[PATCH] [libcxx] Attempt to fix undefined behavior in list, forward_list and __tree.
buglibcxx at lancom.de
Tue Jan 20 05:45:44 PST 2015
Strange, I can't see much difference in include/list. Only `list::end()` (with and without `const`) and `__list_node_base::__self()` have been changed and use the new `_FancyPointerCaster<>`, but all this does is replace the old `static_cast`s with `reinterpret_cast`s, if the allocater defines `pointer` to be a built-in pointer. If it is a fancy pointer, your patch doesn't change anything at all! How is that supposed to fix the bug?
I've just checked your patch with my two example files. As I expected, main.cpp works, with or without your patch, and main2.cpp doesn't work, with or without your patch. I'm sorry.
By the way: what is the purpose of `_FancyPointerCaster<>`? I don't quite understand what you need it for, because all it does is choose whether to use a `static_cast` or a `reinterpret_cast`.
The class `__tree` seems more complicated and uses three instead of two node classes: `__tree_node` and `__tree_node_base` work like their counterparts in `list`, and then there is `__tree_end_node` for the end node that is the parent of the tree's root node and the target of the end iterator. As far as I understand it, a `__tree_node_base` is never created: all regular nodes are `__tree_node`s and the end node is a `__tree_end_node`. Therefore I don't expect any aliasing problems between `__tree_node` and `__tree_node_base`, only between `__tree_node` and `__tree_end_node`.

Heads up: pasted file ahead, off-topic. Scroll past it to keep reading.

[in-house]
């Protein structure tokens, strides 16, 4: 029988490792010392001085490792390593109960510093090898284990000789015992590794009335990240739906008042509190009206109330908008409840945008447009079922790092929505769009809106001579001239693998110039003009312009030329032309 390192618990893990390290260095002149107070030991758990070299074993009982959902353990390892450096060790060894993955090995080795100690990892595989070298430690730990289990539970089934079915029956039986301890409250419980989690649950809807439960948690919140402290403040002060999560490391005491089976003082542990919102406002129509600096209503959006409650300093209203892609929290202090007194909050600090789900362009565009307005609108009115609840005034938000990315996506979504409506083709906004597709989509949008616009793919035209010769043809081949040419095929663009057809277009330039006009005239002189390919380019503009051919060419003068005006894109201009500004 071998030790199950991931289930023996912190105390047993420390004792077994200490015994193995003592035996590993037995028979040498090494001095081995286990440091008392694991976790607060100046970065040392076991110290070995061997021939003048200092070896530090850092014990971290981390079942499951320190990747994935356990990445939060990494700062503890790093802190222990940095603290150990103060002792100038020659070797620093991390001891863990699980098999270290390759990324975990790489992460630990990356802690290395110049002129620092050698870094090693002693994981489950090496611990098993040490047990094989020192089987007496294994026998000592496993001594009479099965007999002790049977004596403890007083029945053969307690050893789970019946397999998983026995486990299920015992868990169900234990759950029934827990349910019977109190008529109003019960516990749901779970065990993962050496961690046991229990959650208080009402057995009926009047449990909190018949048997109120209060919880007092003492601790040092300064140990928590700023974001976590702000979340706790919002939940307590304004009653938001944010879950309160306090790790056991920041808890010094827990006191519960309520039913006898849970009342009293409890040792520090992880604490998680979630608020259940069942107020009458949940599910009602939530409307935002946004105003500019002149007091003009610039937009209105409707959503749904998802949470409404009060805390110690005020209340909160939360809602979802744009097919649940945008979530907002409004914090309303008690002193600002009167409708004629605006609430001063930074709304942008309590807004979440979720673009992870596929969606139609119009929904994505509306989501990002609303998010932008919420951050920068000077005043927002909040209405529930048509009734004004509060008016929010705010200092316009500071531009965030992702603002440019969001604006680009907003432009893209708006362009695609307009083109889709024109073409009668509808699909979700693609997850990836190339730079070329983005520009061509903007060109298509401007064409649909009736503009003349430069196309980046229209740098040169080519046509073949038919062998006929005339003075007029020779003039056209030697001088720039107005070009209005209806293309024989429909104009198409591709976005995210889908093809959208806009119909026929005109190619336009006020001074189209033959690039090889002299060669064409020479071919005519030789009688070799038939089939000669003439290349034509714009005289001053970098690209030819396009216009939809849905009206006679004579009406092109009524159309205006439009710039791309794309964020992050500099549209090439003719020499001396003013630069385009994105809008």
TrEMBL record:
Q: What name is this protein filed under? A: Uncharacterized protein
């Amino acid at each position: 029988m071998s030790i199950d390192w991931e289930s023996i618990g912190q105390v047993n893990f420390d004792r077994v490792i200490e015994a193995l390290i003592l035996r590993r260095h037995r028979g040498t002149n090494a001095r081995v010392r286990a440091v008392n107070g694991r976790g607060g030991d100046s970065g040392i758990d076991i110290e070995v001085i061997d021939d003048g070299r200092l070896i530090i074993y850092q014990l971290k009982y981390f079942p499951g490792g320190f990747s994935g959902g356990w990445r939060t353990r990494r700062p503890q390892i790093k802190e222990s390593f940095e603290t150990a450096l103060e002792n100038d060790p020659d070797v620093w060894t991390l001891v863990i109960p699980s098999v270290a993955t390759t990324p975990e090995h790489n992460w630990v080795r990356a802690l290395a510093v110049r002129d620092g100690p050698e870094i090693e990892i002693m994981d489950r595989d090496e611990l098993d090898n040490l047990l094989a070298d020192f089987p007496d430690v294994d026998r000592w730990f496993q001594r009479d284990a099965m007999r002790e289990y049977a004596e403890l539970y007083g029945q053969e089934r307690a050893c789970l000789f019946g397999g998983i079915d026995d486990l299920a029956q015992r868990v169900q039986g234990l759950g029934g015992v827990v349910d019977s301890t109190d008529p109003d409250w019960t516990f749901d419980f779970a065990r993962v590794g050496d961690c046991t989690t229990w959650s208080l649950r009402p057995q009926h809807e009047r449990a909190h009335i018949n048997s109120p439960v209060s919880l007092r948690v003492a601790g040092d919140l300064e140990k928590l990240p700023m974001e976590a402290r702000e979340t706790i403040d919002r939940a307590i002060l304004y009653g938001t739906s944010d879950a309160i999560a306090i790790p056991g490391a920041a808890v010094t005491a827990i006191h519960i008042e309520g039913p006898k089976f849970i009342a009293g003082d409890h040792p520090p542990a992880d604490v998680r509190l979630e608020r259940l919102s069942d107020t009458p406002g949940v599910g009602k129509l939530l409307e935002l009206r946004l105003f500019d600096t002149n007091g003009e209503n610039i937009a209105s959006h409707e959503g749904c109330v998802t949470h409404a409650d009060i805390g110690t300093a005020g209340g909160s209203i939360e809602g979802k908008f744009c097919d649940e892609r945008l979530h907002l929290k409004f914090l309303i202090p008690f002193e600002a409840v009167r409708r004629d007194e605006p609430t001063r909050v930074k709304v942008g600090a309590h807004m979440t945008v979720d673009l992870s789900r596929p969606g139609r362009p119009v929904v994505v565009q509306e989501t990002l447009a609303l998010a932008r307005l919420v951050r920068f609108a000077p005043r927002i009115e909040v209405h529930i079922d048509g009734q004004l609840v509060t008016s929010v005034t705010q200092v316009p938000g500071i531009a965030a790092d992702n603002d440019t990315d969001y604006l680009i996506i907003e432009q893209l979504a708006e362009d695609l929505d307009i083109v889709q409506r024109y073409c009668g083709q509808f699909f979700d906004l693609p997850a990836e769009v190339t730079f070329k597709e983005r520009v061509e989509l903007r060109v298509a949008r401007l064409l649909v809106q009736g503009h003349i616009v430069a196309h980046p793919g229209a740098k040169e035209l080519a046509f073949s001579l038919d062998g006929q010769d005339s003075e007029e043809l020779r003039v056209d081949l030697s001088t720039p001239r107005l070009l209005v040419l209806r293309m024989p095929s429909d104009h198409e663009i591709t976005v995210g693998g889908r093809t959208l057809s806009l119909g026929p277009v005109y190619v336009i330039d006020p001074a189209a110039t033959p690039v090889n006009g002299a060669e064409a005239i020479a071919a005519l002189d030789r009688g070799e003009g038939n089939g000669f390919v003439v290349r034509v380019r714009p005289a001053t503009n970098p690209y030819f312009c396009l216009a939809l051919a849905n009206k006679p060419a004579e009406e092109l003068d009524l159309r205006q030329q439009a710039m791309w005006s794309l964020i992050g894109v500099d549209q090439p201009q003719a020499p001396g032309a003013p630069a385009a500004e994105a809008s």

Your patch introduces a new function `__tree::__end_node_pointer()` that returns the end node as a pointer of that base class `__tree_end_node`, and it calls that function whenever it needs to access the end node. This looks good to me and should solve some strict aliasing problems.
Alas, not all of them! The end iterator is a `__tree_iterator` and thus points to the end node with a `__tree_node_pointer`. The `operator--()` casts these to `__node_base_pointer` first, but not to `__end_node_ptr`, so the very moment it accesses the `__left_` field, it breaks the strict aliasing rule again (`operator++()` works the same way, but this is fine, because it would be an error in the application to call `operator++()` on the end node). The same is true for `__tree_node_base::__parent_`, whose type points to a `__tree_node_base`, although the parent of the root node is the end node. Note, that it's safe for `__left_` and `__right_` to point to `__tree_node_base`, because due to the structure of the tree they can never point to the end node: only `__parent_` and the end iterator can, in addition to all functions that call `__end_node()` or `__end_node_pointer()`.
Unfortunately, I cannot present you a counterexample this time: that bug seems to be much harder to trigger in `__tree` than in `std::list`.
Finally, I've had a look into `std::forward_list`. Similar to `__tree`, you have replaced some calls to `__before_begin()` with calls to a new function `__before_begin_pointer()`, which returns the `__before_begin` node as a `__begin_node_pointer` instead of `__node_pointer`.
In my opinion, this is more appropriate and may solve some strict aliasing problems, but not all of them. The function `forward_list::before_begin()` still returns a `__forward_list_iterator<__node_pointer>` that contains a pointer to a `__forward_list_node`, although it actually points to a `__forward_begin_node` instead. Dereferencing that iterator violates strict aliasing, as can be seen from the fourth attachment to the bug entry: It fails, with or without your patch.
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